Things started slowly for the Lady Black Cats, an FA Cup win over Yeovil Town saw them through to the next round without much bother. The season officially starting with a home draw against Reading before a commanding 3-0 win over the same opposition in the next round of the cup, their next action a damning 7-0 loss to Arsenal in the FA Cup semi-finals.
Another draw followed, a gritty 2-2 in Widnes, the visitors a little unlucky to have only taken a point, a fighting spirit suggesting better performances around the corner. Unfortunately it wasn’t to be and Sunderland only managed to take one point from their next seven games, a bitty affair against the Royals at Adams Park saw both sides benefit from penalty decisions.
A rotten run of form
But the losses refused to stop, 0-2 at home to Manchester City, 0-4 against Liverpool, 1-2 to Chelsea, 0-2 to Arsenal and then another embarrassing defeat to the Blues, 0-5 at the Hetton Centre even losing 1-2 to the Belles in an early Conti Cup game.
Fortunes changing – if only for one game – when Sunderland came up against the Belles six days later, a 4-0 thumping in Hetton enough to get people feeling positive about the Lady Black Cats once more. But the next defeats were only just around the corner and the team from furthest North in WSL was hit for eight unanswered goals over their next three games, Birmingham City, Arsenal and City the beneficiaries.
Another meeting with Doncaster proved to be as successful as the last and Sunderland could breathe a sigh of relief, up to nine points with just three games of the season left, a side completely removed from the one of twelve months ago. Back-to-back games against the Lady Pies provided mixed results, careless mistakes and lack of punch the running theme of their season, against fellow strugglers Notts, Sunderland at least got their tally to double-digits for the year.
The failings of the season on show for all to see in their last game of the year at home to draw specialists, Birmingham, the Blues ripped the hosts to shreds claiming a massive (especially for them) 7-1 win.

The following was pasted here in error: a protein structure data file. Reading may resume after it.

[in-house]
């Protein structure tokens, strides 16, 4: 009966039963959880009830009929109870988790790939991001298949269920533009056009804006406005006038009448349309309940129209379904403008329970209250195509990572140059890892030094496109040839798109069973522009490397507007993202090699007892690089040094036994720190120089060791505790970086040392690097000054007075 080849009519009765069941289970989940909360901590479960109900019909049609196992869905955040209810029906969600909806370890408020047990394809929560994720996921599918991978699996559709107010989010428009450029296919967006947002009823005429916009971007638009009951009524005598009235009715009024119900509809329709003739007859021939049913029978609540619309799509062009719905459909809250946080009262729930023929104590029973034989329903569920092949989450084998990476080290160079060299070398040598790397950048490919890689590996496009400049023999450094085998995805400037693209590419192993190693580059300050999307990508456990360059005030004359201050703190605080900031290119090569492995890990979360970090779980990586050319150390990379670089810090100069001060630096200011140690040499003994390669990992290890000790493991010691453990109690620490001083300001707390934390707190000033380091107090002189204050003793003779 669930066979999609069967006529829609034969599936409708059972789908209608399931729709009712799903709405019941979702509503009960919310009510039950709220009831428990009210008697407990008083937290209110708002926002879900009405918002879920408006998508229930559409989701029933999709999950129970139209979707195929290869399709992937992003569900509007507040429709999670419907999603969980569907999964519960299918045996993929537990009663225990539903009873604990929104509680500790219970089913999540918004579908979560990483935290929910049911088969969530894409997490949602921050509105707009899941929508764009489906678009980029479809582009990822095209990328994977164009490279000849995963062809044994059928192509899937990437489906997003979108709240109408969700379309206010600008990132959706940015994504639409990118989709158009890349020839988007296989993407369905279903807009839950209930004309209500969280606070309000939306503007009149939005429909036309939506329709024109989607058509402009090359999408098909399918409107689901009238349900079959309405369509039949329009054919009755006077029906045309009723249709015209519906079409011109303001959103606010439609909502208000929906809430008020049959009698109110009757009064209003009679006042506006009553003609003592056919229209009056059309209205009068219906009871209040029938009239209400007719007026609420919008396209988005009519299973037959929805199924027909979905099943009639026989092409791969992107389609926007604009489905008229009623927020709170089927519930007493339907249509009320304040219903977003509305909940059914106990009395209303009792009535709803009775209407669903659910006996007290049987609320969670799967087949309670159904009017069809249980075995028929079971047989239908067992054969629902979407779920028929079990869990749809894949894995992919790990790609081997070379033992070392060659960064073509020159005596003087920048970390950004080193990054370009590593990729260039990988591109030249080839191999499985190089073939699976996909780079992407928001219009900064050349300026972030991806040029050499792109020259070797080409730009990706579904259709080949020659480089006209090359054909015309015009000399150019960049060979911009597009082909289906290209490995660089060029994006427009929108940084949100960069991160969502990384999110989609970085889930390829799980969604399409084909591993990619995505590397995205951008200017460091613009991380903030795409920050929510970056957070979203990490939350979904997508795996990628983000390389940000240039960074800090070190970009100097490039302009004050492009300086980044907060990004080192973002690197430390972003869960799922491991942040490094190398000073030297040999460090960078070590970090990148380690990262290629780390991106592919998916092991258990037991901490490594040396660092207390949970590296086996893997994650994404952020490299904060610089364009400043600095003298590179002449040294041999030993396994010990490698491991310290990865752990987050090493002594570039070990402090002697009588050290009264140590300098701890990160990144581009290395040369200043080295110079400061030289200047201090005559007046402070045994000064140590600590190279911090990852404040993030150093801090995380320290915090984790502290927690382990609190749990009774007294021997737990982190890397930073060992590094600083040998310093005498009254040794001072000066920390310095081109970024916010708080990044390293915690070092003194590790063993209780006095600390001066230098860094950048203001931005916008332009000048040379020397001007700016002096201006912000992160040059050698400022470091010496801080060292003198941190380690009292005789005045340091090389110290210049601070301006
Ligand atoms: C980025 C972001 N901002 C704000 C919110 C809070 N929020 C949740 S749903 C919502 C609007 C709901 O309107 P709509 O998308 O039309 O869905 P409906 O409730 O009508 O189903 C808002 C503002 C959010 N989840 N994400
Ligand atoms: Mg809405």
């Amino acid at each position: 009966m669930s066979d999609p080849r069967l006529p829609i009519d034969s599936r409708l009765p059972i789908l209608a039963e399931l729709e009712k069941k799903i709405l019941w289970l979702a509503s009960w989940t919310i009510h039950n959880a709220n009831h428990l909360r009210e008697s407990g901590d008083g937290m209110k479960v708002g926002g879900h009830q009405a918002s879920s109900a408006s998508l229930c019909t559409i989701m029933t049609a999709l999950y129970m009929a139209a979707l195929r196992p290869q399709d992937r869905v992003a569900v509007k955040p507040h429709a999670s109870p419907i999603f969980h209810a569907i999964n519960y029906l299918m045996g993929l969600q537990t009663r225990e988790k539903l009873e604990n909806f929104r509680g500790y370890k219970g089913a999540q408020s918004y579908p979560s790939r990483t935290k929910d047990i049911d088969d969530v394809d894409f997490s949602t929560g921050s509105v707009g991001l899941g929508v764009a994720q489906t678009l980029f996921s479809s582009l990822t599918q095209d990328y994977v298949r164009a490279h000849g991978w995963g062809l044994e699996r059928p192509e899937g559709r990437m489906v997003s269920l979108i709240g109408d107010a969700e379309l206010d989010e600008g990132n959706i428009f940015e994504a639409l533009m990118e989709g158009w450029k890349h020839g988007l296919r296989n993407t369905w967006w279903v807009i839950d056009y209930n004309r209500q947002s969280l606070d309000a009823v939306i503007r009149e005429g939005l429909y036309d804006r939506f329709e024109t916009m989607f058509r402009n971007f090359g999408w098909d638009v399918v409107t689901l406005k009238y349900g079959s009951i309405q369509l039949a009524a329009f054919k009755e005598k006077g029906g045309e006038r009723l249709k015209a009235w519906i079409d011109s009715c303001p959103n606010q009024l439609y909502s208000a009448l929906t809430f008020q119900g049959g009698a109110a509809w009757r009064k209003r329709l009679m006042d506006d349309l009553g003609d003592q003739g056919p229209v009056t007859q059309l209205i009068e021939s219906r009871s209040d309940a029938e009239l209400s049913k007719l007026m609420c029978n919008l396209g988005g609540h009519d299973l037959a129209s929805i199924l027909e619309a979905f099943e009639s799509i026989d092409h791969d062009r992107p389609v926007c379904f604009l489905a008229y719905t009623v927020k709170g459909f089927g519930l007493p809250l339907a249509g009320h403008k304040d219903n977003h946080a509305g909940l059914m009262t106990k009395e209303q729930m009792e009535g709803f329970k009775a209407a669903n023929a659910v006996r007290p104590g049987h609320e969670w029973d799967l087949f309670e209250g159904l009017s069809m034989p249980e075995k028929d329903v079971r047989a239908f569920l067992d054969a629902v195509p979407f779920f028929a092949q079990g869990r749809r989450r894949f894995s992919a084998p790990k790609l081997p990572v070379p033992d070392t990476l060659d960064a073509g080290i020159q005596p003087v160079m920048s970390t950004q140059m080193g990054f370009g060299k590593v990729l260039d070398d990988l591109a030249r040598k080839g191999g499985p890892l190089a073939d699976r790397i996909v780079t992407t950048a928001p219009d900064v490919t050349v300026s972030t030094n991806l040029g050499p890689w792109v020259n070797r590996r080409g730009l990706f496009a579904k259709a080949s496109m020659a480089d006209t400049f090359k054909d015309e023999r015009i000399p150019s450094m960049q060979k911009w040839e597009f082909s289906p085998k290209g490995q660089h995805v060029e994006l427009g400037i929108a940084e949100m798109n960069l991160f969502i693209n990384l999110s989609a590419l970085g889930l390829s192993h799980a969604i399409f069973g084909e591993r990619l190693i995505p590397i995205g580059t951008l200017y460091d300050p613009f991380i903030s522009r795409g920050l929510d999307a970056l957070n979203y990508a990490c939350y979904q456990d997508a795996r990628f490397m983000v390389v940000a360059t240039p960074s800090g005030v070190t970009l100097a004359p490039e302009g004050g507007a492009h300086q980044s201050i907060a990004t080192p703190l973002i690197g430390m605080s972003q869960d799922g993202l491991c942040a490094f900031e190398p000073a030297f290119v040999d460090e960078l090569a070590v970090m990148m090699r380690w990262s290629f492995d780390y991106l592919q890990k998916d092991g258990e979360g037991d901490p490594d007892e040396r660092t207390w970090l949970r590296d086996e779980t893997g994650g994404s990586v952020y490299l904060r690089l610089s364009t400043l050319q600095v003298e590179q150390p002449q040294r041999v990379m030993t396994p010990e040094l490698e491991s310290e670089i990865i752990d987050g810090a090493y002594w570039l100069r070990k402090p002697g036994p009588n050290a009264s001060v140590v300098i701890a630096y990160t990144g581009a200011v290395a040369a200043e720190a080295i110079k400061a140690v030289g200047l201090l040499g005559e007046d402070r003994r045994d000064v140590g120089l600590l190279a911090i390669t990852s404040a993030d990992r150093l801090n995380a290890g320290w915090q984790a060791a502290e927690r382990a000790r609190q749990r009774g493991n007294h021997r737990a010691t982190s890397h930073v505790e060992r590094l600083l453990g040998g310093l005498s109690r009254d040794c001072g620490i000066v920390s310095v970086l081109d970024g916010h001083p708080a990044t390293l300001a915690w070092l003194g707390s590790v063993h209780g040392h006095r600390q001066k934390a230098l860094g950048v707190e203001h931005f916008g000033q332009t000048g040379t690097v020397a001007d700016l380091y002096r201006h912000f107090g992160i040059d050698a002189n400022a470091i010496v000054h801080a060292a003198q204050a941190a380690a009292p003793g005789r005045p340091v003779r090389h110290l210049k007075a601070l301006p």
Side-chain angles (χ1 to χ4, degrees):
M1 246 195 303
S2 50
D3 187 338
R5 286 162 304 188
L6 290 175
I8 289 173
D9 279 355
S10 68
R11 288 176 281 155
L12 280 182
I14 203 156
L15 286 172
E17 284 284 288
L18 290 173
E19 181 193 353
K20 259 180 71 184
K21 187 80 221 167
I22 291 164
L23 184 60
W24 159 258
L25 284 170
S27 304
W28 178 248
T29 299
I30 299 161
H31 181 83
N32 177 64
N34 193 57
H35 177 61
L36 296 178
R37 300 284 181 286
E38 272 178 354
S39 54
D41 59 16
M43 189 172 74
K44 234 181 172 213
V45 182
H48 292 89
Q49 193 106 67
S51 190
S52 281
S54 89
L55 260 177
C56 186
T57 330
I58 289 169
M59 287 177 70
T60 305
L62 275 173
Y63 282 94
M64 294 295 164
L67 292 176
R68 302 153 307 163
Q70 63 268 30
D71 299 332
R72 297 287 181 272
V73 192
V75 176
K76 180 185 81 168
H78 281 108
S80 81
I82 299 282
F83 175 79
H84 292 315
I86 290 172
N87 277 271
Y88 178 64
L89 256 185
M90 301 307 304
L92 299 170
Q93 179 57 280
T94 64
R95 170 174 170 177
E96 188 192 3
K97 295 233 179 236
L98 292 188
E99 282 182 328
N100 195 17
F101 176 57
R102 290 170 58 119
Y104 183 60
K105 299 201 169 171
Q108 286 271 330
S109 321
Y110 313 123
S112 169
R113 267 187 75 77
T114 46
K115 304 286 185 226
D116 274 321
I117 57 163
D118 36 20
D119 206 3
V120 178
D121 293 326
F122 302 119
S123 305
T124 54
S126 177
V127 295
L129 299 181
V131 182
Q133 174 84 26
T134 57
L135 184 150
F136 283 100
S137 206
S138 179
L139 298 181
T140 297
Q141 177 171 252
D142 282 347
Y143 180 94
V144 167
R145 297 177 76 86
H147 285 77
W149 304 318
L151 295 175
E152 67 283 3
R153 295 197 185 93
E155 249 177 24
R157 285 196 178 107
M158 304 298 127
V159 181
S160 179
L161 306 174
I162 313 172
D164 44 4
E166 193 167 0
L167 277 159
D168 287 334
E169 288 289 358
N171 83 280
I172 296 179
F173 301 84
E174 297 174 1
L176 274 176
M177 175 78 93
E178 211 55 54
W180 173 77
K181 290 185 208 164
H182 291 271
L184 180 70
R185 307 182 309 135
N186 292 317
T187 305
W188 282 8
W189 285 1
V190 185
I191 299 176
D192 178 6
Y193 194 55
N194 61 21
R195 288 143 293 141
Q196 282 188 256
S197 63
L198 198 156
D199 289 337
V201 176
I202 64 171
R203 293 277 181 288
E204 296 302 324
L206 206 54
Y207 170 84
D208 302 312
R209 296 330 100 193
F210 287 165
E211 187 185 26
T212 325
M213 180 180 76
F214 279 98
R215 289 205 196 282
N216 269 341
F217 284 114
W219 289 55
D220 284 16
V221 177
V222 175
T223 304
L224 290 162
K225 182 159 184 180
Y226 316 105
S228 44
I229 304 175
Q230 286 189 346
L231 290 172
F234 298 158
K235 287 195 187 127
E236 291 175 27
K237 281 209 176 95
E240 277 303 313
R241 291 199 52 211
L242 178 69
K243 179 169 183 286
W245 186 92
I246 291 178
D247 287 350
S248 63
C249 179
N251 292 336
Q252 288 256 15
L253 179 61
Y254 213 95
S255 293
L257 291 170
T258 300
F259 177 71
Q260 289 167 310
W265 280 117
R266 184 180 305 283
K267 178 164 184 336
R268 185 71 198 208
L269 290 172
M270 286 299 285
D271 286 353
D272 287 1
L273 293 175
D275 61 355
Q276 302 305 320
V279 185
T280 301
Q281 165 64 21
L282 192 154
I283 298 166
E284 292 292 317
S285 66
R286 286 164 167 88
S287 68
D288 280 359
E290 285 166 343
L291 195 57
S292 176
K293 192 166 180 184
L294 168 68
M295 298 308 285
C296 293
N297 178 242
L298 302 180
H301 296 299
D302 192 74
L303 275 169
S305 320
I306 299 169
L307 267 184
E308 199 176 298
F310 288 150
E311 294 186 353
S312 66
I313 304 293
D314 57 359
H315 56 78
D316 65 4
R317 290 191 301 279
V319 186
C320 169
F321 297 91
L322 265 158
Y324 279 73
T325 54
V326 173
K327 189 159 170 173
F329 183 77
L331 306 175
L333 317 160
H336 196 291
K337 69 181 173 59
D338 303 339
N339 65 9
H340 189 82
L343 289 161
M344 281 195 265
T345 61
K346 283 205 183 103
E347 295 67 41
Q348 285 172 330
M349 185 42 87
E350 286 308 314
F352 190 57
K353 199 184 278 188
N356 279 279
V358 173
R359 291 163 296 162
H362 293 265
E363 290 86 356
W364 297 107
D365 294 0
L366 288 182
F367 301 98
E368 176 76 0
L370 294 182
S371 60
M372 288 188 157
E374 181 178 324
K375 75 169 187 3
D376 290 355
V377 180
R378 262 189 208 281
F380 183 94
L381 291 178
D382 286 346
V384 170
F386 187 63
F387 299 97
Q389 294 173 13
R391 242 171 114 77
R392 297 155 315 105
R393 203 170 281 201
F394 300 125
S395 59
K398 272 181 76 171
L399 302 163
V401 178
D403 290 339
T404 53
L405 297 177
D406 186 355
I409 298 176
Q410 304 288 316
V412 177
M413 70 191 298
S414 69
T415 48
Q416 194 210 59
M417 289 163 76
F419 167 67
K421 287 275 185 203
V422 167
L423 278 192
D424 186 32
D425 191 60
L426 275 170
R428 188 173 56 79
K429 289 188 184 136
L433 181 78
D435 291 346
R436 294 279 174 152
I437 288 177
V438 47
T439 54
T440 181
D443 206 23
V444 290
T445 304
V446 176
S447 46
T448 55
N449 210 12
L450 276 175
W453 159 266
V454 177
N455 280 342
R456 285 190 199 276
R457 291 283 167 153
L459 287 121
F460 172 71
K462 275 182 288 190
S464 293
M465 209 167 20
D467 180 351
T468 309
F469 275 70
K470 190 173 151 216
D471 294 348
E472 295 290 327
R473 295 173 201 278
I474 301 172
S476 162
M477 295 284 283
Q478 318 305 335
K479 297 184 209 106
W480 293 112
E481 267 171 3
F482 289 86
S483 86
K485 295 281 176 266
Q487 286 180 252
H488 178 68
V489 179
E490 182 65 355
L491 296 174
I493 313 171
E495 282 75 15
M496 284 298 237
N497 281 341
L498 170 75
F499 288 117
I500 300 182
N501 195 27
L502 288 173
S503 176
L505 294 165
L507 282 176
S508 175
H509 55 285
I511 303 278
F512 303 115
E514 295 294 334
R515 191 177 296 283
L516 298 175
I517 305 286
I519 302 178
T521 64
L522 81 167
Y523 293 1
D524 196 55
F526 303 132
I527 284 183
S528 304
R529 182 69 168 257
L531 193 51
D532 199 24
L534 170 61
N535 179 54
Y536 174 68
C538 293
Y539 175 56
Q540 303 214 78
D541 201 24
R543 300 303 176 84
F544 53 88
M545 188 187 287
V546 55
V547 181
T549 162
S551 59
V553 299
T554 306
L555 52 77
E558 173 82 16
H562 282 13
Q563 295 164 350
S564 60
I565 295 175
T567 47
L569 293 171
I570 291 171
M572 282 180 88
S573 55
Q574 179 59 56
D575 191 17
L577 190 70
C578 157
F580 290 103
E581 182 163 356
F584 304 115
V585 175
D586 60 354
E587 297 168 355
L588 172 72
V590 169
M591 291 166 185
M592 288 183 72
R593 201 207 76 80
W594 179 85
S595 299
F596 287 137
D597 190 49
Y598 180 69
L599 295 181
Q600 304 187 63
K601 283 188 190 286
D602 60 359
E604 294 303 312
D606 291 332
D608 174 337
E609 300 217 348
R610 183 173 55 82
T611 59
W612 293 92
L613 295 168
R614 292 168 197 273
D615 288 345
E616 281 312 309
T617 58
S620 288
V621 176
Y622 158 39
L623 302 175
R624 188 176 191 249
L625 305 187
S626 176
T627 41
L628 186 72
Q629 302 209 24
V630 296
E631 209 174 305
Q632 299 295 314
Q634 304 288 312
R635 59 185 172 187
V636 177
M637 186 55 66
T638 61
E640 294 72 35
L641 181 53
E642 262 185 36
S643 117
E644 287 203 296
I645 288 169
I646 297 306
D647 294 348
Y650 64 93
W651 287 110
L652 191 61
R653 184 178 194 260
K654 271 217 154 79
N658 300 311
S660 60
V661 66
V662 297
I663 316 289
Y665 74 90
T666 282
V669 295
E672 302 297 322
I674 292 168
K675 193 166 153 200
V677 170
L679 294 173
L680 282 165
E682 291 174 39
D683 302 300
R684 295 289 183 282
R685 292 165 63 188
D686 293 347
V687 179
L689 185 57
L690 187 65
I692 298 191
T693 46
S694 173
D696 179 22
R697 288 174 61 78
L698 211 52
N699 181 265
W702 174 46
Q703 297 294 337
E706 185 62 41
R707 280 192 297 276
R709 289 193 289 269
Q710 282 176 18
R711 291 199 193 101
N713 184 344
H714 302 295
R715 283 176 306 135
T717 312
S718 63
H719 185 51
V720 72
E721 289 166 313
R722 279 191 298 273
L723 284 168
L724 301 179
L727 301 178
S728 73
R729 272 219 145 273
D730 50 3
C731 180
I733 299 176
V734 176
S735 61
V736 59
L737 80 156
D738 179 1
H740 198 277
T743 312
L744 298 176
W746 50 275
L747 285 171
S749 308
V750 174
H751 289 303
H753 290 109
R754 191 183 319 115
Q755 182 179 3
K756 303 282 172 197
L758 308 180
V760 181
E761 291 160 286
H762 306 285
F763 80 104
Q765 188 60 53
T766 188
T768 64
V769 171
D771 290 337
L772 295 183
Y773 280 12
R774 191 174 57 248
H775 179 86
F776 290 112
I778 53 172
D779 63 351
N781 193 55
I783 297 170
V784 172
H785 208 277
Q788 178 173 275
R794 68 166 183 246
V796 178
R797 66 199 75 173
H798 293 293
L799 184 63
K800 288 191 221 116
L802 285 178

After taking WSL 1 by storm in 2015 it was jarring to see just how far Sunderland fell over the course of the winter, talismanic striker Beth Mead was left even more isolated than ever, chasing shadows and dropping well inside of her own half just to get a sniff.
Plenty to improve on despite bright sparks
Whilst there were individual performances that earned merit, the likes of Rachel Furness and Brooke Chaplen are two who spring to mind, there were far too many errors, players making the same mistakes over and over and team that looked like it was shrinking deeper and deeper into itself, fast running out of ideas and belief.
The odd performance bred hope but at no point could the Lady Black Cats sustain anything close to form, the ability within the players and team to put together far better performances and earn more points but it repeatedly failed to materialise on the pitch.
With the second leakiest defence in the league (41; only shopping seven less than the Belles), Sunderland’s goal return was an equality meager 17 – although concurrent with the teams either side of them in the table. Suggesting this is just “second season syndrome” would be criminally underplaying the problems, yes it’s true that the top teams are beginning to pull away but Sunderland proved last year that they’re capable of mixing it with the best of them.
What changed and can it change back? If the club are happy with the structures in place and only want to finely tweak the personnel then the Spring Series is the perfect test for the Lasses; maybe 2016 was just a blip and if it wasn’t they then have time to work with to make bigger and deeper changes ahead of the 2017-18 season.